Hereditary Ataxia, Cerebellar Degeneration (RAB24, Old English Sheepdog and Gordon Setter Variant)

Identified in Old English Sheepdogs

Additional Genetic Conditions

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Explore the genetics behind your dog’s appearance and size.

Coat Color

Coat Color

Other Coat Traits

Other Coat Traits

Other Body Features

Other Body Features

Body Size

Body Size

Performance

Performance

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Through Teal’s mitochondrial DNA we can trace her mother’s ancestry back to where dogs and people first became friends. This map helps you visualize the routes that her ancestors took to your home. Their story is described below the map.

Haplogroup

A1b

Haplotype

A361/409/611

Map

A1b

Teal’s Haplogroup

This female lineage was very likely one of the original lineages in the wolves that were first domesticated into dogs in Central Asia about 15,000 years ago. Since then, the lineage has been very successful and travelled the globe! Dogs from this group are found in ancient Bronze Age fossils in the Middle East and southern Europe. By the end of the Bronze Age, it became exceedingly common in Europe. These dogs later became many of the dogs that started some of today's most popular breeds, like German Shepherds, Pugs, Whippets, English Sheepdogs and Miniature Schnauzers. During the period of European colonization, the lineage became even more widespread as European dogs followed their owners to far-flung places like South America and Oceania. It's now found in many popular breeds as well as village dogs across the world!

A361/409/611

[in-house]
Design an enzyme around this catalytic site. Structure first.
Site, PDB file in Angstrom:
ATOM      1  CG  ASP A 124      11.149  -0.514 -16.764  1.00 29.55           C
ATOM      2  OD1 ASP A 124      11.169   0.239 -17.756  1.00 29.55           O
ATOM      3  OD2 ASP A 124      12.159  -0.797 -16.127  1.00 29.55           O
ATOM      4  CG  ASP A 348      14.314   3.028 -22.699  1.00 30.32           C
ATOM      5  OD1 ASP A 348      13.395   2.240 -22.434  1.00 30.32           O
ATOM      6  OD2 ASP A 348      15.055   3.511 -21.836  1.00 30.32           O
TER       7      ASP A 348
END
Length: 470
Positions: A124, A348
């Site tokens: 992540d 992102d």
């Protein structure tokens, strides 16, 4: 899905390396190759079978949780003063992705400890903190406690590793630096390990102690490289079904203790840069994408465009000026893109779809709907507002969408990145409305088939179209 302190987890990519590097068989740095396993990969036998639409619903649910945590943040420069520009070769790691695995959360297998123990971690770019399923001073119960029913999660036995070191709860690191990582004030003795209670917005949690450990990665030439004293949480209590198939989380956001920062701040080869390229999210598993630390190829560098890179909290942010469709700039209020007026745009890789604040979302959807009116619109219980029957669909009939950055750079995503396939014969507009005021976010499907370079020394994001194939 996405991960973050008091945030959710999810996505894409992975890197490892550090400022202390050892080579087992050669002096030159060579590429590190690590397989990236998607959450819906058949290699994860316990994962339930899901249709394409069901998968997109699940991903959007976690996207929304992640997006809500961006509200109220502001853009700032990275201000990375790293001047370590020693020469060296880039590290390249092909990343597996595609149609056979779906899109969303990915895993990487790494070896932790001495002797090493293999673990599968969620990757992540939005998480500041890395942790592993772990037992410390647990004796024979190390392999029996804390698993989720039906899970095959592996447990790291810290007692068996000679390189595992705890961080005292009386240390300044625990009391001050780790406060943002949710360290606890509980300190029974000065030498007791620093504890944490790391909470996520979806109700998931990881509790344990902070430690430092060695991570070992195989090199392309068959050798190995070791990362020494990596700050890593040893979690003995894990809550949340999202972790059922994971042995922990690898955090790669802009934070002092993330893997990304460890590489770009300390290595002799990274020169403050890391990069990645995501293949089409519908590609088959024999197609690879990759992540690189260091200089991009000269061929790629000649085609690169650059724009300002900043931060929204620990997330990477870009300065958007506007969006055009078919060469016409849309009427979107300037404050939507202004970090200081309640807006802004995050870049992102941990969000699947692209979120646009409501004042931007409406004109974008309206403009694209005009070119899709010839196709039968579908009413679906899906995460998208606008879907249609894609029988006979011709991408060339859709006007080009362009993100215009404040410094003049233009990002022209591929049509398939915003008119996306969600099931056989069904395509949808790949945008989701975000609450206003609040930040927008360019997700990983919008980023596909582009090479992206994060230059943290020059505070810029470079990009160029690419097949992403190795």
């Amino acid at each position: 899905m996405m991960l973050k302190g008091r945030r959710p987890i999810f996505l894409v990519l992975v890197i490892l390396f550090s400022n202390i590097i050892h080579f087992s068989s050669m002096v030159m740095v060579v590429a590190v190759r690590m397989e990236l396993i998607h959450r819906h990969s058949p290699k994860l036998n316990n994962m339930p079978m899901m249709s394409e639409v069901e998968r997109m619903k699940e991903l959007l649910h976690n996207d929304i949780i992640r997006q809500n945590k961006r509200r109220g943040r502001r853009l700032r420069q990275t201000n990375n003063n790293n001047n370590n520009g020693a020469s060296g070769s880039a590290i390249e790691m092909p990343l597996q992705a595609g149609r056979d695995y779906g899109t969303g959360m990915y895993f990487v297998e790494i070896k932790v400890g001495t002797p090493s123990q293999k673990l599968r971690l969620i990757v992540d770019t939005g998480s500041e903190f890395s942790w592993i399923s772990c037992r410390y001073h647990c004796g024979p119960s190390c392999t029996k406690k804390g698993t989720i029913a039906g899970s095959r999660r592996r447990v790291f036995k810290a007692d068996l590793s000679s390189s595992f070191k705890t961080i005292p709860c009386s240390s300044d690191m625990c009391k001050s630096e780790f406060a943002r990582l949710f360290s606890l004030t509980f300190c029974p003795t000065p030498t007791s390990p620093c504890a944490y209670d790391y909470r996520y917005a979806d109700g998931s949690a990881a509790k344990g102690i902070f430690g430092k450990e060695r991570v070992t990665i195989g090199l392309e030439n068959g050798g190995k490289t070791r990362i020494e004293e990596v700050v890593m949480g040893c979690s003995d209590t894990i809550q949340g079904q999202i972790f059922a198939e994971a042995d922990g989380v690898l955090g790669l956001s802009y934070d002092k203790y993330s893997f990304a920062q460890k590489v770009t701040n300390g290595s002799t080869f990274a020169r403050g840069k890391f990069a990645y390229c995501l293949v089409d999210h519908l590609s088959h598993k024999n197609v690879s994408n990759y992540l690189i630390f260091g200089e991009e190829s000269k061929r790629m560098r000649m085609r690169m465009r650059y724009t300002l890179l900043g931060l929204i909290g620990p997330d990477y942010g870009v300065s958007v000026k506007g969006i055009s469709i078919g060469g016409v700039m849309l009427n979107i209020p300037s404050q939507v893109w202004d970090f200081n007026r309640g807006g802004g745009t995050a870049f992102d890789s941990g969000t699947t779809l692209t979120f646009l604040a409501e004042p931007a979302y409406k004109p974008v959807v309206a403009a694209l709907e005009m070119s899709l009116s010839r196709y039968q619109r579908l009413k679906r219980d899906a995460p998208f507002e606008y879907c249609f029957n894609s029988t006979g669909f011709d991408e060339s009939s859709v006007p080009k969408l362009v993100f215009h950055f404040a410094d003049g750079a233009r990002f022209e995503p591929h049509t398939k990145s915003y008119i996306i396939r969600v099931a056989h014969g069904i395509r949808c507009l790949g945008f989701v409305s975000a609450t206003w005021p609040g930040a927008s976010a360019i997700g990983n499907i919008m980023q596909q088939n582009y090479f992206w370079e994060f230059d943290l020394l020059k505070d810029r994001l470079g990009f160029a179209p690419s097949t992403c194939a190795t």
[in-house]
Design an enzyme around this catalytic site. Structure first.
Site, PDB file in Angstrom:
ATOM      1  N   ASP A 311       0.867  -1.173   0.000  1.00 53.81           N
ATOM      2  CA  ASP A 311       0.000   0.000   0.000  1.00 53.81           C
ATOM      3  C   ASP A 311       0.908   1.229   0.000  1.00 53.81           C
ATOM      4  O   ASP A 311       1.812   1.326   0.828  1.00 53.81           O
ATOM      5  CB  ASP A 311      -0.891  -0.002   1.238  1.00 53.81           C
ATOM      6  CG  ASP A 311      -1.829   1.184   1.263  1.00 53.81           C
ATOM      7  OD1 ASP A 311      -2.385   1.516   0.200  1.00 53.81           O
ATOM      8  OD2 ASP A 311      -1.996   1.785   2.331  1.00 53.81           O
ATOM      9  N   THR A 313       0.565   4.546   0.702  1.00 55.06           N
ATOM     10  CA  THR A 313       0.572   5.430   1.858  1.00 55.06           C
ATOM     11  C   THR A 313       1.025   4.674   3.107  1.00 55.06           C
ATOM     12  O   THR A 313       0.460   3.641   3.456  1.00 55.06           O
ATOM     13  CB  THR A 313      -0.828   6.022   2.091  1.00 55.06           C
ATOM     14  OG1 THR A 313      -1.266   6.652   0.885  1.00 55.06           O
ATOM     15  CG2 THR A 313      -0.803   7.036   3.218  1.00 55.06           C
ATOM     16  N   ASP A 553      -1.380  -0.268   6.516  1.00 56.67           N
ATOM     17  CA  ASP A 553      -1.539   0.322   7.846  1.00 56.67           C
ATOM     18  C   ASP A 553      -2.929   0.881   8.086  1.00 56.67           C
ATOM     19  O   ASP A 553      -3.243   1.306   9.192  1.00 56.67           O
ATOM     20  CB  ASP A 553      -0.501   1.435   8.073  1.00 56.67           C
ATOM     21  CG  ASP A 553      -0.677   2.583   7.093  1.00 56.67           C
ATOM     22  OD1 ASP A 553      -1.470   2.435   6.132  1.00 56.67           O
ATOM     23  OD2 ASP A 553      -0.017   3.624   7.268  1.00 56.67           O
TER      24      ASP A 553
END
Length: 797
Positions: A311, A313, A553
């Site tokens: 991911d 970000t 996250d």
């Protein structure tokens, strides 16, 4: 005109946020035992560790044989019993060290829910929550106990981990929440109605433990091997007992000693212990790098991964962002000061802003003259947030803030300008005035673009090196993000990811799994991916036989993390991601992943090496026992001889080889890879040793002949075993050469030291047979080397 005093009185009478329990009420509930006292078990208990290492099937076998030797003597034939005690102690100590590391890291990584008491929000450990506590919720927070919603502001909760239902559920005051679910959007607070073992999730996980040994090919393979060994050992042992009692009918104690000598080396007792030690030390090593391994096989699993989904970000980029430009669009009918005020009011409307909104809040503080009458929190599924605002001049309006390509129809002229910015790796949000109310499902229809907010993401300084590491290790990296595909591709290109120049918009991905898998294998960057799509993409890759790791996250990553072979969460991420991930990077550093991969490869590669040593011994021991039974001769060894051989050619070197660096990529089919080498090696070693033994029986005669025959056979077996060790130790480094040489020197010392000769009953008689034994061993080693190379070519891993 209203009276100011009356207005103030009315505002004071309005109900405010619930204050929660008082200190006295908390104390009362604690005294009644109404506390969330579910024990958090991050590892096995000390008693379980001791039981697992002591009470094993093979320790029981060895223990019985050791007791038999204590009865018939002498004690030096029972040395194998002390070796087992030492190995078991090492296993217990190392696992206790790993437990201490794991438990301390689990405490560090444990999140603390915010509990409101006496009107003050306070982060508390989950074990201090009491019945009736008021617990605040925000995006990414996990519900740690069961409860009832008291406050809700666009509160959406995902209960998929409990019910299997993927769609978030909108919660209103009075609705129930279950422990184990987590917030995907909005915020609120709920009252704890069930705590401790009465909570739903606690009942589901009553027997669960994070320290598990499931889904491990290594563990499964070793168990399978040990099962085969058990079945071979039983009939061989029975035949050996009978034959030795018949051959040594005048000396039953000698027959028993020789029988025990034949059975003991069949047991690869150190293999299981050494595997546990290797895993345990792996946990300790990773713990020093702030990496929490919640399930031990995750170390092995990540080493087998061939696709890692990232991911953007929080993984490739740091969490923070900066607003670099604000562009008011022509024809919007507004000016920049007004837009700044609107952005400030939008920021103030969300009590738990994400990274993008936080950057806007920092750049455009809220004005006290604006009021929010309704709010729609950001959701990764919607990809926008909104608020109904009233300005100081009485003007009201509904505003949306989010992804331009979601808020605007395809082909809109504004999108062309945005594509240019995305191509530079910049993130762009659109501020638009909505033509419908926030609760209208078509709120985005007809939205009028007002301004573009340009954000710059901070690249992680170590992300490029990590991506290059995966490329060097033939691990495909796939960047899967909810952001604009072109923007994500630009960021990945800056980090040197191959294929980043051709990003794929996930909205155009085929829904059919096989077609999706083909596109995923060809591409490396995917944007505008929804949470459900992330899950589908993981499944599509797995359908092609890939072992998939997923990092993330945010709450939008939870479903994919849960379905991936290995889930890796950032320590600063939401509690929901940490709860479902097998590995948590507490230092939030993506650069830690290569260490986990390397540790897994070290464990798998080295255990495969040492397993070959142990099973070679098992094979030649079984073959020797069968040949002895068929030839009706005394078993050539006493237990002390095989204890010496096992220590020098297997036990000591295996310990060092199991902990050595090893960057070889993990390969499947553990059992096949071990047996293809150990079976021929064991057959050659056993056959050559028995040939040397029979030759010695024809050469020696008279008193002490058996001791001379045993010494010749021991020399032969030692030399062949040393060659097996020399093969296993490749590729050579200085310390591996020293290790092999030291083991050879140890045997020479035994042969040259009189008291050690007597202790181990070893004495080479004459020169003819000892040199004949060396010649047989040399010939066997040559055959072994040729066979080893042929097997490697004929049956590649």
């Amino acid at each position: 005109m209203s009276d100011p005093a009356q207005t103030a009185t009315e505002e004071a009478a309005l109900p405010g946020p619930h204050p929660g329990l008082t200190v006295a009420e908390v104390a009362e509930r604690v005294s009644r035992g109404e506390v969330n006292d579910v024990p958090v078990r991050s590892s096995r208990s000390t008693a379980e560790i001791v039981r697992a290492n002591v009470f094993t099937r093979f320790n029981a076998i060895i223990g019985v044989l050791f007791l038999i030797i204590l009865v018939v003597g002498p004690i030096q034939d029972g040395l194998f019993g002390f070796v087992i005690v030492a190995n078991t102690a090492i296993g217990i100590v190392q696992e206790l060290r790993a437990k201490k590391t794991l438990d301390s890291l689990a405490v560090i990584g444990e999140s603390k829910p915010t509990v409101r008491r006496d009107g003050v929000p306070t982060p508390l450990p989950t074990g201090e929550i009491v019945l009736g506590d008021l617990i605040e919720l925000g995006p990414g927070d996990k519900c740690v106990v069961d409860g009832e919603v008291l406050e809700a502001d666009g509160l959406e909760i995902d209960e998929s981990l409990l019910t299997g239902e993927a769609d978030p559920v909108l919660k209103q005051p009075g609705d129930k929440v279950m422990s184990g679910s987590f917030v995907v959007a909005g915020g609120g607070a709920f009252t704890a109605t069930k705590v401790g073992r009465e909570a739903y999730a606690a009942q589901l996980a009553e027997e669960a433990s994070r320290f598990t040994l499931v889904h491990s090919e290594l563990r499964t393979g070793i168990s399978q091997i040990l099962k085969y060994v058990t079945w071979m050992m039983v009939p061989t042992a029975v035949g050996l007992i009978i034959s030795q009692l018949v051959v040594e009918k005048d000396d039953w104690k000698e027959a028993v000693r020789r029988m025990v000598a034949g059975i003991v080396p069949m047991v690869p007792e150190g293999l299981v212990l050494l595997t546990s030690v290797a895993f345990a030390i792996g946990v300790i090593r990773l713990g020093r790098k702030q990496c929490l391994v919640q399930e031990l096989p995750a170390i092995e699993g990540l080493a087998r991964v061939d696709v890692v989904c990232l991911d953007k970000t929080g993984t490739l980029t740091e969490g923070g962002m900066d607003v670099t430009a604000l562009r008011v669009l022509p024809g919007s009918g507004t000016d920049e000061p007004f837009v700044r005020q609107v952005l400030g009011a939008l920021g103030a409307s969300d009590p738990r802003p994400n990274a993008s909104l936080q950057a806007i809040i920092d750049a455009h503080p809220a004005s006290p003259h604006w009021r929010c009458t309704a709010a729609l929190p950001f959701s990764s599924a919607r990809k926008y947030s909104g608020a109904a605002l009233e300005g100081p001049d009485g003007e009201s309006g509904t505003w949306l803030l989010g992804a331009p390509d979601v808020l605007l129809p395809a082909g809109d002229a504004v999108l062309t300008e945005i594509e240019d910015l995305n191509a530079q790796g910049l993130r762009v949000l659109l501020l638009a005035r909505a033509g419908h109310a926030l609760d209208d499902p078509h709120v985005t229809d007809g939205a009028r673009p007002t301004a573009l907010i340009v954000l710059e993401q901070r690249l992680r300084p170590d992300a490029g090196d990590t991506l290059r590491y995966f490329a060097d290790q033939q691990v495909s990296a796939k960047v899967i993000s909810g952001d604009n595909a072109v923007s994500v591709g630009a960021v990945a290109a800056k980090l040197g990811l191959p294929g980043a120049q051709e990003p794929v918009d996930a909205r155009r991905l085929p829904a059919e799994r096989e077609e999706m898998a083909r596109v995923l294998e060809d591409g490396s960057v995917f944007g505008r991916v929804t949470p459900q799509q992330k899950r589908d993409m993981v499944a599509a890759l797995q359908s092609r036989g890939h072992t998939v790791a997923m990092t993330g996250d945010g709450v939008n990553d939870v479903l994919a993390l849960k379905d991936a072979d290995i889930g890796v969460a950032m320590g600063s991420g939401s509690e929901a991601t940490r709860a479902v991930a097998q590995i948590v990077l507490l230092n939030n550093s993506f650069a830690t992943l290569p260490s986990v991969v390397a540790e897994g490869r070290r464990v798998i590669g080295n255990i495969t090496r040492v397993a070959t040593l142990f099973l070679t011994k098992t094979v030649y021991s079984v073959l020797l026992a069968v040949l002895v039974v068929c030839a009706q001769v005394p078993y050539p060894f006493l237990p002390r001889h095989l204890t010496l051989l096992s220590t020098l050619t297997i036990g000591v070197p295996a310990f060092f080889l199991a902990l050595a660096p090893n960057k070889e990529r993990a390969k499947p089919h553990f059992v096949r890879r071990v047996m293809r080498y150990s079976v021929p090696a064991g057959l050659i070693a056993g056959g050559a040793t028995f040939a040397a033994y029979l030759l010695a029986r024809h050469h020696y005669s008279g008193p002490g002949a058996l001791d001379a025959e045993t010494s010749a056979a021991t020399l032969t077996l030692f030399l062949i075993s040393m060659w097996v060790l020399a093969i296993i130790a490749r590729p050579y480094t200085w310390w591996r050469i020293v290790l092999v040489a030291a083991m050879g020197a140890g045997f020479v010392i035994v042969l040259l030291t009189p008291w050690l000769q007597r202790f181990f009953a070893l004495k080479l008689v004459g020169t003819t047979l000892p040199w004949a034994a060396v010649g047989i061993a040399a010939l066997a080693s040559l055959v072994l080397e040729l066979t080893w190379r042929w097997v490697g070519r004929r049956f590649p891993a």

Teal’s Haplotype

Part of the A1b haplogroup, this haplotype occurs most frequently in German Shepherd Dogs, Poodles, and Shiloh Shepherds.

Some other Embark dogs with this haplotype:

A1b is the most common haplogroup found in German Shepherds.

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The Paternal Haplotype reveals a dog’s deep ancestral lineage, stretching back thousands of years to the original domestication of dogs.

Are you looking for information on the breeds that Teal inherited from her mom and dad? Check out her breed breakdown.

Paternal Haplotype is determined by looking at a dog’s Y-chromosome—but not all dogs have Y-chromosomes!

Why can’t we show Paternal Haplotype results for female dogs?

All dogs have two sex chromosomes. Female dogs have two X-chromosomes (XX) and male dogs have one X-chromosome and one Y-chromosome (XY). When having offspring, female (XX) dogs always pass an X-chromosome to their puppy. Male (XY) dogs can pass either an X or a Y-chromosome—if the puppy receives an X-chromosome from its father then it will be a female (XX) puppy and if it receives a Y-chromosome then it will be a male (XY) puppy. As you can see, Y-chromosomes are passed down from a male dog only to its male offspring.

Since Teal is a female (XX) dog, she has no Y-chromosome for us to analyze and determine a paternal haplotype.